Industrialized warfare is the form of warfare that members of militaries prefer to deal with because it typically concerns forces that resemble themselves and which operate in what is commonly referred to as conventional warfare. The foundation of industrialized warfare is based on an entity’s need to coerce a larger organized force. It includes all of the non-nuclear tools that industrialized society has created for use in warfare. Examples of such tools include the machine gun, tanks, airplanes, missiles, many of the space assets, and information technologies. The many entities who have gained industrialized warfare capabilities provide extensive variety to this form of warfare. Each has mastered its own unique level of technological, organizational, and conceptual sophistication. Additionally, in this form of warfare, humanity has succeeded in organizing systems of tools into complex and coordinated attack systems. For example, this form includes Germany’s concept of blitzkrieg, the United States Army’s AirLand Battle doctrine, air campaigns, and emerging concepts of information warfare. It is in this form of warfare that humanity now spends most of its physical, organizational, and conceptual resources in both vertical (advanced technology) and horizontal (advanced organizational and conceptual) development.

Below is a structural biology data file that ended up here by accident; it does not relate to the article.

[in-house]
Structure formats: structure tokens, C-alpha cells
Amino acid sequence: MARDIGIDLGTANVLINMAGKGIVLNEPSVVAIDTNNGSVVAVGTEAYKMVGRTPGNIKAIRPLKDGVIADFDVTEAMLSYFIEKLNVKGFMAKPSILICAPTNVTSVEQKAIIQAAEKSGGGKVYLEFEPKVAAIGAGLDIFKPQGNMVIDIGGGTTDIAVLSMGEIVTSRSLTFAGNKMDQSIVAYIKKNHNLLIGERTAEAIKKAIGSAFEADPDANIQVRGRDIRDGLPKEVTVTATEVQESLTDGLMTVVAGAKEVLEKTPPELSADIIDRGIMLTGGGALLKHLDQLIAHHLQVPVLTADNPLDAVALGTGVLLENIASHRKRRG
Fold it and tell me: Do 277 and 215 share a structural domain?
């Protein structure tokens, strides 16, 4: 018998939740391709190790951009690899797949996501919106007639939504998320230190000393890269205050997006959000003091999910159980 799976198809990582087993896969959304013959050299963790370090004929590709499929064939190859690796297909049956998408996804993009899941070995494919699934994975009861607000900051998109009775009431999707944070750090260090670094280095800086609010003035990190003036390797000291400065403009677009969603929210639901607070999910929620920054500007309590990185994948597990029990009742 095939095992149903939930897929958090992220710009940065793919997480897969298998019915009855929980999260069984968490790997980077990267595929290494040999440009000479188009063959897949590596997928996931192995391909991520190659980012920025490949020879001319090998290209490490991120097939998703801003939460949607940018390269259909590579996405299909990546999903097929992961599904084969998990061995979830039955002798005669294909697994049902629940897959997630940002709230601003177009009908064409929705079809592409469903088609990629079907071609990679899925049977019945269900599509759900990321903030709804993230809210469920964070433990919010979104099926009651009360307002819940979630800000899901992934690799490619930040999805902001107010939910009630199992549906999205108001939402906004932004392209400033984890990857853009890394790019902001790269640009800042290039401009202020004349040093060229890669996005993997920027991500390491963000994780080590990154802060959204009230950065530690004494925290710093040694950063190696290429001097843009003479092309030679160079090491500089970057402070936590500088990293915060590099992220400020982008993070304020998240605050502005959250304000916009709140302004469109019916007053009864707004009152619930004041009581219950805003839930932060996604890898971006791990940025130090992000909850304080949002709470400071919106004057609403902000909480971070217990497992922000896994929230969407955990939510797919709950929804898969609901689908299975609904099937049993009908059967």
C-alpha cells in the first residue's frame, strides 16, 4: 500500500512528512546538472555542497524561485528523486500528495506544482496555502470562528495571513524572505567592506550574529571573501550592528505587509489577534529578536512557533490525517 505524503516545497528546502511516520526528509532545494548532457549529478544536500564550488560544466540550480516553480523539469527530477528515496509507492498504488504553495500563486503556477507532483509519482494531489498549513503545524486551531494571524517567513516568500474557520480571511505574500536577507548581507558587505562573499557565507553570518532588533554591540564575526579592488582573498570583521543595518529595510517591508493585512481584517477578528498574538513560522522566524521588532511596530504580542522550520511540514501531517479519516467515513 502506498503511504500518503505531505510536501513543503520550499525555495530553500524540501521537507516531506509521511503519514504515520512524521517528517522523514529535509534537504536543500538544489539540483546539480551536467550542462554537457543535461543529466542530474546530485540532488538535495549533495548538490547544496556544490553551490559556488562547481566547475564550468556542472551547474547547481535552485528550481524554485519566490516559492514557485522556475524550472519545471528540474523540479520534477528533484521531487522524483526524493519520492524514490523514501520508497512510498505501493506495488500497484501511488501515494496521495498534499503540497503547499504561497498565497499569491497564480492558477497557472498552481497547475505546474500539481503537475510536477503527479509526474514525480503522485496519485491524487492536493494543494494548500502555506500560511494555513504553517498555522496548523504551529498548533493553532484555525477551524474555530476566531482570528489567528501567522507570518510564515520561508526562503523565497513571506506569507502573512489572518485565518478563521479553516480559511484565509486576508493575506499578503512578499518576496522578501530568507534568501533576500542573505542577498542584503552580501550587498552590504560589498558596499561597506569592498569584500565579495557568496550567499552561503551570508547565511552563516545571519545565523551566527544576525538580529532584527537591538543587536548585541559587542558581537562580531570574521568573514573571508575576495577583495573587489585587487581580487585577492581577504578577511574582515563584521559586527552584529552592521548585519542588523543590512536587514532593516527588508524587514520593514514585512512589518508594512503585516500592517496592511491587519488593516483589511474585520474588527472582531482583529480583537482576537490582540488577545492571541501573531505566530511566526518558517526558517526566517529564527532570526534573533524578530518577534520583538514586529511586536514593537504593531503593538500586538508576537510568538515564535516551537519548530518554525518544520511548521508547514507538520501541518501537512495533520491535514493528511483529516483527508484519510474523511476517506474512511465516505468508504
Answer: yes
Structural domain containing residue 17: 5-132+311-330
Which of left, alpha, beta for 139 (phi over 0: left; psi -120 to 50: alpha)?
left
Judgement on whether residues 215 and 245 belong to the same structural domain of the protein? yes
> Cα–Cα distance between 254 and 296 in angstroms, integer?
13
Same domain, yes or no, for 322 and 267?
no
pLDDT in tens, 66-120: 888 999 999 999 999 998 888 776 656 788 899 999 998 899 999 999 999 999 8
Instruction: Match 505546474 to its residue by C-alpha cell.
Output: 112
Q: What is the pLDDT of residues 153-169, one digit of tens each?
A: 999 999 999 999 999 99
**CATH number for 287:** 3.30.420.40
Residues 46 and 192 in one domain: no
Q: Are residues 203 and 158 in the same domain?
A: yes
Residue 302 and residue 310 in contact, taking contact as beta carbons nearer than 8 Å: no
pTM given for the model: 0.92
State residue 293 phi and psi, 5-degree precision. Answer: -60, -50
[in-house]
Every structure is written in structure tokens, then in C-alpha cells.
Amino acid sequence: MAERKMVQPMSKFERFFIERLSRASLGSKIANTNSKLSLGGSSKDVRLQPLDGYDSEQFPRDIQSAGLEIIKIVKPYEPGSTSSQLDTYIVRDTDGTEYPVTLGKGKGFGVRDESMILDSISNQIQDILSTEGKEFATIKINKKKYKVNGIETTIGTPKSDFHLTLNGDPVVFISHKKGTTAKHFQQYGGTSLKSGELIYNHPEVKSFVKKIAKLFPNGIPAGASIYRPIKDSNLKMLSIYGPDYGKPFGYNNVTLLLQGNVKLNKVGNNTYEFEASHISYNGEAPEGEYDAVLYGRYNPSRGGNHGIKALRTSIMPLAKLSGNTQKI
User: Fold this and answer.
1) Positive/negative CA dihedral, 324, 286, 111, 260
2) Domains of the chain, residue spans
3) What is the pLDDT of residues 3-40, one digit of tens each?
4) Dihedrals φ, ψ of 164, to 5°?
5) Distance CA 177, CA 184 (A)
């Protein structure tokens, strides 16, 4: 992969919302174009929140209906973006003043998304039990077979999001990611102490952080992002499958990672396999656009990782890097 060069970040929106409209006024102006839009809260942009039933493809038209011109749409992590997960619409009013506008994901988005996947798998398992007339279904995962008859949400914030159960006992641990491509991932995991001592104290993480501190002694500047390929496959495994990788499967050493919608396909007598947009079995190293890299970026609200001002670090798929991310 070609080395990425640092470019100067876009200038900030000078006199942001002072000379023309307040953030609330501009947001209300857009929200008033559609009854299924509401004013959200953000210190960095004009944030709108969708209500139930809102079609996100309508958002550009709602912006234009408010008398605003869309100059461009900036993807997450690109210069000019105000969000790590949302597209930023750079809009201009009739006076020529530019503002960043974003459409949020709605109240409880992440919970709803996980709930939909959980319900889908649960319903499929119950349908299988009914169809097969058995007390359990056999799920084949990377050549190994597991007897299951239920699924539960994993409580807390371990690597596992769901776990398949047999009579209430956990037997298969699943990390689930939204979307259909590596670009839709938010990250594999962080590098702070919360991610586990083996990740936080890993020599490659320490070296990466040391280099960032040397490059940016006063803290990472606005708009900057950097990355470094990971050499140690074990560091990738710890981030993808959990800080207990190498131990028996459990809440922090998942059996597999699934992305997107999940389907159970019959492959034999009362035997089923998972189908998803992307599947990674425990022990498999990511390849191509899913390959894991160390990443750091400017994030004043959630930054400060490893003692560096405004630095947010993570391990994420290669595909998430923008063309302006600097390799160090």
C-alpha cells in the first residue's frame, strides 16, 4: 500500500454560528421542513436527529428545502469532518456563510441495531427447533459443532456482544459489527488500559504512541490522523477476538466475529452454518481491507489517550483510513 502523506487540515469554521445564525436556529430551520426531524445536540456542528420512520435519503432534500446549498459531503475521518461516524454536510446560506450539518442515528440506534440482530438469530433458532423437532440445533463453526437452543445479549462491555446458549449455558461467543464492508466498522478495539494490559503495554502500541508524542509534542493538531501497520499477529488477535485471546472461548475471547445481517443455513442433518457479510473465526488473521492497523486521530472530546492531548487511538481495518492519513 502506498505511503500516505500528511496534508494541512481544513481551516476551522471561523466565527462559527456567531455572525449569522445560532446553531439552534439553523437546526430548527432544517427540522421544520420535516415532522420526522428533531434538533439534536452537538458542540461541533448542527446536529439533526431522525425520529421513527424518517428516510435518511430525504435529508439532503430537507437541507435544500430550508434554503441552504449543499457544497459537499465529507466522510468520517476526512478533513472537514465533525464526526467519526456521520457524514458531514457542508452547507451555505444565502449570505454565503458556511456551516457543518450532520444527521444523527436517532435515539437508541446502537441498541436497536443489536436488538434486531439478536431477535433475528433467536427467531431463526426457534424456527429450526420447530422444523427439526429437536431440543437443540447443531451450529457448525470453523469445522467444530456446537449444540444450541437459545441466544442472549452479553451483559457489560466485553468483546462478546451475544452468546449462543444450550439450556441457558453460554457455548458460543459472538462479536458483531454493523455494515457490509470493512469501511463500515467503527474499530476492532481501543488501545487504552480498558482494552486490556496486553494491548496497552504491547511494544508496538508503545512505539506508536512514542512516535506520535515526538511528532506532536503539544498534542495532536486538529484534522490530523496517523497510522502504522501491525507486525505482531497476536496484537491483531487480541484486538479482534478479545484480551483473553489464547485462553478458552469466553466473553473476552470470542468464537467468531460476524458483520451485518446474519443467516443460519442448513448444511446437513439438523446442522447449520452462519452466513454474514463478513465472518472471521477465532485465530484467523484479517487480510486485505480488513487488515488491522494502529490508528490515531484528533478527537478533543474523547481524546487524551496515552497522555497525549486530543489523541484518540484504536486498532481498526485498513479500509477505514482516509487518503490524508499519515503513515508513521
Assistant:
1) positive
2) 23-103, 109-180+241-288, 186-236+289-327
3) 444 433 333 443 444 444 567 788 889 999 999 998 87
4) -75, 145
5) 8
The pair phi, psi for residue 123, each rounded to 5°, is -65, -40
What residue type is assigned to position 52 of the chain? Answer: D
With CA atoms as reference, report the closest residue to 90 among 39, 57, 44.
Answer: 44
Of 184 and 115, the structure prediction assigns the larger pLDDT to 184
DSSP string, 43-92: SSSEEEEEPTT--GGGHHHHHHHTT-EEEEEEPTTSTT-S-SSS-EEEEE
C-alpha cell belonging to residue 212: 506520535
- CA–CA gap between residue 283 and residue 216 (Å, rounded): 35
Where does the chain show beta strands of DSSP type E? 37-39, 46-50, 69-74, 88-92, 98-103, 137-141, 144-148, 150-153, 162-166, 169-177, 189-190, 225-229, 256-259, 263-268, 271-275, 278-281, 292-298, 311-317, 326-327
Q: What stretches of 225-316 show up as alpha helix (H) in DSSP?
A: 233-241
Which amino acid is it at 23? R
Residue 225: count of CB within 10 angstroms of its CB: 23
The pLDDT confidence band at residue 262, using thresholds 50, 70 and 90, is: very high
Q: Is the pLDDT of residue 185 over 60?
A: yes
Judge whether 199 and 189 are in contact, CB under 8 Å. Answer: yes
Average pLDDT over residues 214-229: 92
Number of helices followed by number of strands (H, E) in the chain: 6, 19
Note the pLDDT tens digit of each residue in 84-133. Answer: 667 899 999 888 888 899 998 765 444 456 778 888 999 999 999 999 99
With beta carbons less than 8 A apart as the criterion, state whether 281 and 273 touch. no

The foundation of nuclear warfare is based on an entity’s need to coerce a very large group or entire population. In this form of warfare, use of its weapons can quickly transform the objective from coercion to annihilation. This form of warfare so preoccupied politicians and strategists during the Cold War that its definitional and organizational complexity quickly overshadowed that of preceding forms of warfare despite its shorter history. Strategic thinkers wrote volumes about deterrence; superpower nations devoted enormous treasures to placing photo-reconnaissance and infrared satellites on orbit to locate nuclear weapons and to alert its citizens of their employment. Current developments in this form of warfare may prove to be very difficult to deal with in the near future. Recent efforts in this form of warfare have concentrated on ways to make nuclear weapons less destructive and thus more useful. There are frequent reports that uranium is trickling out of the former Soviet Union. Worse yet, ‘red mercury’, potentially the key ingredient of miniature nuclear bombs, may actually exist despite the skepticism of some experts.